Lessons of Aloha

If you are finding yourself beaten down and constantly angry, or your cynicism is turning you against your own species, both your emotional and physical health are at risk. You need to regain perspective.


From the Hawaii Revised Statutes:

§ 5-7.5 "Aloha Spirit". (a) "Aloha Spirit" is the coordination of mind and heart within each person. It brings each person to the self. Each person must think and emote good feelings to others. In the contemplation and presence of the life force, "Aloha", the following unuhi laula loa may be used:
           "Akahai", meaning kindness to be expressed with tenderness;
           "Lokahi", meaning unity, to be expressed with harmony;
           "?Olu?olu" meaning agreeable, to be expressed with pleasantness;
           "Ha?aha?a", meaning humility, to be expressed with modesty;
           "Ahonui", meaning patience, to be expressed with perseverance.
    These are traits of character that express the charm, warmth and sincerity of Hawaii's people. It was the working philosophy of native Hawaiians and was presented as a gift to the people of Hawai?i. ''Aloha'' is more than a word of greeting or farewell or a salutation. ''Aloha'' means mutual regard and affection and extends warmth in caring with no obligation in return. "Aloha" is the essence of relationships in which each person is important to every other person for collective existence. ''Aloha'' means to hear what is not said, to see what cannot be seen and to know the unknowable.
    (b) In exercising their power on behalf of the people and in fulfillment of their responsibilities, obligations and service to the people, the legislature, governor, lieutenant governor, executive officers of each department, the chief justice, associate justices, and judges of the appellate, circuit, and district courts may contemplate and reside with the life force and give consideration to the "Aloha Spirit". [L 1986, c 202, § 1]

So there you have it… “Aloha” is more than just a greeting in Hawaii, or something they say a lot on Hawaii 50 or hokey sitcoms when they reach their obligatory “going to Hawaii episode,” it’s the LAW!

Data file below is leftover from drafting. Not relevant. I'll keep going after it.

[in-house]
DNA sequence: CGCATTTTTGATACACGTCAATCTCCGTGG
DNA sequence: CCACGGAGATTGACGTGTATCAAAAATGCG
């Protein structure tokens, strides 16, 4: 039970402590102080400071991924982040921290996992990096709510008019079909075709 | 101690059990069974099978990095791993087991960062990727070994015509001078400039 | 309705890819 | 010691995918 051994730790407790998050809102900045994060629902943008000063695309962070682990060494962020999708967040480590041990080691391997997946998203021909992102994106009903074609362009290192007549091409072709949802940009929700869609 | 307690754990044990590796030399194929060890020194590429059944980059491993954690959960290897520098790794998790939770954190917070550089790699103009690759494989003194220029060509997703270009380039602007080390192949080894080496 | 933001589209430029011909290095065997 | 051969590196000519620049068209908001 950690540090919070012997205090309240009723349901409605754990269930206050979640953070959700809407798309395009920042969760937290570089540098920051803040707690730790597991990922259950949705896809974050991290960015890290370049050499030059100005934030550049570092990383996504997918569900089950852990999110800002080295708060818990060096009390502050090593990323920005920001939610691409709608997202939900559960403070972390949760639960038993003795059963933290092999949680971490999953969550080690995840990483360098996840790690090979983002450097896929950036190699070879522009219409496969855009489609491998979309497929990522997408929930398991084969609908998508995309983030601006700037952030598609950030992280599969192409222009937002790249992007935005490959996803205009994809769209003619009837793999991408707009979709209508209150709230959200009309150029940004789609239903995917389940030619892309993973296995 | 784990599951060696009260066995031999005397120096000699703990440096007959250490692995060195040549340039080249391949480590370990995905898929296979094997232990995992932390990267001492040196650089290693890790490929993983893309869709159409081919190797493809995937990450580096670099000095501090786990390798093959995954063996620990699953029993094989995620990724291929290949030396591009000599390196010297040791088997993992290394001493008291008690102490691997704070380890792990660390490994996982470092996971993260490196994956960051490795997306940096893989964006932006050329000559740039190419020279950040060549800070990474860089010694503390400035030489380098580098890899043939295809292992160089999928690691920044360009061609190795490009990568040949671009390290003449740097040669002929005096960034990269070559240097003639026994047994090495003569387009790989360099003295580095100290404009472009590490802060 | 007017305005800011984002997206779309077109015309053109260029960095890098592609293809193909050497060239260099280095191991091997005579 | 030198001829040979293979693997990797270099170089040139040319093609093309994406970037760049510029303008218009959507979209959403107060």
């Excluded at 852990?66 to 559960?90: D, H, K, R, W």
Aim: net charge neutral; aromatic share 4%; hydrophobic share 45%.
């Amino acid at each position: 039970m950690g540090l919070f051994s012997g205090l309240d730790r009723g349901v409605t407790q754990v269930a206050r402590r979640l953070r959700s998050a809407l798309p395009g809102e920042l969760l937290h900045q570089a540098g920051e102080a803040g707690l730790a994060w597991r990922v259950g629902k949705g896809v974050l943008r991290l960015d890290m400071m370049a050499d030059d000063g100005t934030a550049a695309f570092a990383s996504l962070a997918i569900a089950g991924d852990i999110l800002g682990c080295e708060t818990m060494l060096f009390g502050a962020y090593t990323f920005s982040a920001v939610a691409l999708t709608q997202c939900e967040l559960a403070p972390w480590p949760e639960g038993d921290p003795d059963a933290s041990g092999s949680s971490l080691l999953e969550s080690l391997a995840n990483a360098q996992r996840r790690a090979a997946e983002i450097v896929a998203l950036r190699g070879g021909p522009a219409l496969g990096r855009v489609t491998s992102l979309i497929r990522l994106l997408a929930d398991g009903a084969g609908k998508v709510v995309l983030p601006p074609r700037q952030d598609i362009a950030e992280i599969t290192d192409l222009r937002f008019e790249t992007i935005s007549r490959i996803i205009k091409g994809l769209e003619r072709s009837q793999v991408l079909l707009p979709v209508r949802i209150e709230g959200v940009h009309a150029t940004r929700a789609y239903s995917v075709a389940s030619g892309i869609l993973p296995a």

Last month’s article (Type A or Type B:  Which one are you?) took a look at the iconic Type A and Type B personalities, comparing and contrasting them, considered whether the classic Type A personality predominates within the law enforcement profession, and asked readers to ponder which type they might be.  As we’ve spoken and corresponded with many cops over the past few years, it seems a good number of them believe it takes a Type A to have any success in law enforcement.  Now, we don’t believe that and can point to many successful Type B colleagues who make their more laid-back personas work just fine, but we agree there seems to be a large proportion – and maybe a solid majority – who fit the Type A profile.  Maybe you do, or perhaps you are a legit Type B but point to many or most of your colleagues and can easily rattle off their Type A ways.

Both Type A and Type B persons (and as a reminder, these two archetypes are far from a complete or scientific typing of the variety of personalities found in individuals; they do, as well understood and accepted by laypersons, provide a rough delineation among two commonly occurring temperaments) can have positive and negative attributes deriving from their dispositions.  For our purposes here, we want to take a look at the Type A individual, as so many in law enforcement seem to fit this profile.

Type A’s are ambitious and focused, often with a businesslike demeanor and demanding achievement in themselves and those around them.  That’s not necessarily a bad thing but, taken to the extreme, “ambitious and focused” can become “ruthless and single-minded,” “businesslike” morphs into “cold and impersonal,” and “demanding achievement” turns into “domineering.”  Not always the best traits for healthy of interpersonal relationships or solid professional associations.  Even more concerning, as we wrote about in the first article of this series:

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